My question is similar to this question about a house-rule that the initiator of combat acts first but skips their first turn in initiative, but about the opposite situation. The author of that question assumes the enemies are aware of the party; in those cases, I prefer to use initiative as normal.
I am focused on the opposite situation: the party has managed to ambush the entire group of enemies. If enemies did not notice the party, the party has time to set-up and choose whoever should start combat.
Very often my party comes up with interesting traps and ways to initiate combat. The problem is that in 5th edition, once the combat is initiated, everyone rolls initiative and the combat goes from there. Specifically, my issue happens when an entire group surprises the other.
Here's an example:
The party is all hidden in the shadows. 3 ogres lurk in the campfire in front, and have not noticed the PCs. The plan is simple. Wizard opens the combat with Faerie Fire, and all the martials will have advantage on their attacks. A single round, at most two, should be enough to wipe these Ogres.
What actually happens depends on initiative: everyone rolls initiative, Wizard is last. Ogres are surprised. Rogue and Fighter either move in to attack without advantage (and are possibly hit by Faerie Fire), or ready a single attack for after the Wizard has cast his spell. Ogres do nothing, since surprised. Wizard is last, and when Faerie Fire is actually cast, the damage output of this surprise attack is sub-par. If Wizard came first on initiative, the whole plan would be perfect.
The worst part of this is that there isn't even a justification for this happening this way. On a stand-off, initiative represents reflexes, and it works well. But here, it doesn't seem to make sense that, if all players are waiting for the Wizard to do something, that they will be hindered (no multi-attack, no off-hand attack, etc) if, for some reason, the Wizard rolls low. Narratively, they could just go "hang on, seems like the Wizard is distracted, lets remain hidden, and re-roll initiative". Initiative is an abstract concept, and during the actual combat, I'm fine with how it works, just not for this combat initiation against a surprised group.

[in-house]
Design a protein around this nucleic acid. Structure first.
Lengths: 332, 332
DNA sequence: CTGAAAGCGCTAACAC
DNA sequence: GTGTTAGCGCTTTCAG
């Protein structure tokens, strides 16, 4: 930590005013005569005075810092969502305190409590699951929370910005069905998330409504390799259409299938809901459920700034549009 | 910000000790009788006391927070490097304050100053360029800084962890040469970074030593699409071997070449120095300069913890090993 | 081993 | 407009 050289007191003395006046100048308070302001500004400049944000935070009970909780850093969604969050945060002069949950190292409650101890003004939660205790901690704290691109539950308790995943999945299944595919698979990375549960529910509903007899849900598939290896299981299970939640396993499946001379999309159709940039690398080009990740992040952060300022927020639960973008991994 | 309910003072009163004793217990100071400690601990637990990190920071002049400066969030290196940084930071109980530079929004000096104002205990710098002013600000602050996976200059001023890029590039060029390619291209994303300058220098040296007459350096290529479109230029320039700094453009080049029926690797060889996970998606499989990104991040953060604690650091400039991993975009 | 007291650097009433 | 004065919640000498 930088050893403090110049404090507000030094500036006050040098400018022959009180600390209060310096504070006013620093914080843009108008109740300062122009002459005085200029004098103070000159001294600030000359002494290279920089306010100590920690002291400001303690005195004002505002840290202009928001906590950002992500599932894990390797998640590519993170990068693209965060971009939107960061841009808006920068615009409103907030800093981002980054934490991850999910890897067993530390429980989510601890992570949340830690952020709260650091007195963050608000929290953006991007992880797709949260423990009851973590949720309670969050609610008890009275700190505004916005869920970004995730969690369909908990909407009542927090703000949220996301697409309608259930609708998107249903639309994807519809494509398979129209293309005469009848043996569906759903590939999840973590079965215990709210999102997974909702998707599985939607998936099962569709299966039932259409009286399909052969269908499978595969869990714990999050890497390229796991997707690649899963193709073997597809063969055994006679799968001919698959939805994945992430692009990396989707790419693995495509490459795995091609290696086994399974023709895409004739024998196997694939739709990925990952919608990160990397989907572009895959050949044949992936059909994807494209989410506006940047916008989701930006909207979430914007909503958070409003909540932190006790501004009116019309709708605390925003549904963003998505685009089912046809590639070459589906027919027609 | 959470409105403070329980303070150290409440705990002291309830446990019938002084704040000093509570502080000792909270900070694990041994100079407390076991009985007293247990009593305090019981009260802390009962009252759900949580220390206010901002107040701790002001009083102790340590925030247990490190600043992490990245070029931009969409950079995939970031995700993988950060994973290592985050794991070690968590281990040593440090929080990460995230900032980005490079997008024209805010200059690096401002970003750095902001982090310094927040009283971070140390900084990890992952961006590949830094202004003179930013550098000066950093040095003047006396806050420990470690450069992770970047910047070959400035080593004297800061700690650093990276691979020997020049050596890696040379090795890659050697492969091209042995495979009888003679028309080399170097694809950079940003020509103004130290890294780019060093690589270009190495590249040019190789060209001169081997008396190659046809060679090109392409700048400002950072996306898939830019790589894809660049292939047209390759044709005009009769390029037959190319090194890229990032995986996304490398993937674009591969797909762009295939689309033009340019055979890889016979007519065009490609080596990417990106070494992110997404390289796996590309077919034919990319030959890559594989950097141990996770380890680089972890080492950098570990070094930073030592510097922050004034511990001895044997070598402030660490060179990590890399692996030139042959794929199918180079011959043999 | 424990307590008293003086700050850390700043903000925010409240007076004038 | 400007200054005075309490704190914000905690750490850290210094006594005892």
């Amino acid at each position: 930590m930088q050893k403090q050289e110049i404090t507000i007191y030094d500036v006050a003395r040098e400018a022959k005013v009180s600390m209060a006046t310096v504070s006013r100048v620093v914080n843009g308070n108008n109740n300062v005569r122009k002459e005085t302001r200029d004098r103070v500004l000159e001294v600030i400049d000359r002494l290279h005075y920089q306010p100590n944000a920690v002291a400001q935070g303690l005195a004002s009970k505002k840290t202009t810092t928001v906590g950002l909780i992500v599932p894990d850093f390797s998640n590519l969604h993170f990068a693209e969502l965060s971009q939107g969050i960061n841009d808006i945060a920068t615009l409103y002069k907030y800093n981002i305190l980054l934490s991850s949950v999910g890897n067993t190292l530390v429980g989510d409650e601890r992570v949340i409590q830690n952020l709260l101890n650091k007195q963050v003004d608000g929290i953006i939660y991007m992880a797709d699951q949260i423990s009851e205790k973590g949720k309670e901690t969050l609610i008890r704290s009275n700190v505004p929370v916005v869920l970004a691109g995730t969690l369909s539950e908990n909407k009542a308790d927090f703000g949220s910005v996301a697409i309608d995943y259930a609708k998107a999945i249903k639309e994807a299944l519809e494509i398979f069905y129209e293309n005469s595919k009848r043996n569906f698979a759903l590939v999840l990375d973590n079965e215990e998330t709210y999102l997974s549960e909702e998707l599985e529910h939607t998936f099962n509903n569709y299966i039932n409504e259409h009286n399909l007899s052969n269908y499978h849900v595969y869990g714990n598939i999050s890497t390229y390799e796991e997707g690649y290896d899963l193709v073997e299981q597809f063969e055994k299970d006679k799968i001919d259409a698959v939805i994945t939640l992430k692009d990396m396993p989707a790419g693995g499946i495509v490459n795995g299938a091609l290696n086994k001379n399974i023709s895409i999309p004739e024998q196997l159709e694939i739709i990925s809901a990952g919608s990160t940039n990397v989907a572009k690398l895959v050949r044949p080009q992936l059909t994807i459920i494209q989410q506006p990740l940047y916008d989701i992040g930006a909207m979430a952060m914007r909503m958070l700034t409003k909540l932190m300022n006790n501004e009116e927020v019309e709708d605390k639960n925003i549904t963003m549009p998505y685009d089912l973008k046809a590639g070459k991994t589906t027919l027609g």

My House Rule: When a group attacks a surprised group of enemies, everyone rolls initiative as normal. For the first round only, the attacking group selects an initiator to act before the highest initiative attacker, initiating combat. This initiator will not act in its actual initiative position on the first round, but will do so on following rounds.
Example: Ogres have initiative 25, 20 and 15. Wizard has 5, Rogue has 17, Fighter has 22. With this rule, Ogre acts first, does nothing due to surprise, stops being surprised. Wizards is next, acting as combat initiator for the party, playing before the fighter in this round. Fighter is next, then Ogre (surprised), Rogue, and Ogre (surprised). In the following round, the order is Ogre, Fighter, Ogre, Rogue, Ogre, and finally the Wizard.
It is a simple change. The group initiating combat, because they have the upper edge and time to prepare, chooses a person to go first in the first round. After that, everything else is exactly as before. If it happened that this person actually had the highest initiative check, nothing would be different from normal.
Thoughts on this rule? Would it imbalance things, or can it be taken advantage of somehow? I think it is a decent way to join narration, planning, and mechanic execution. It helps those parties relying on Assassin Rogues or on AoE initiators.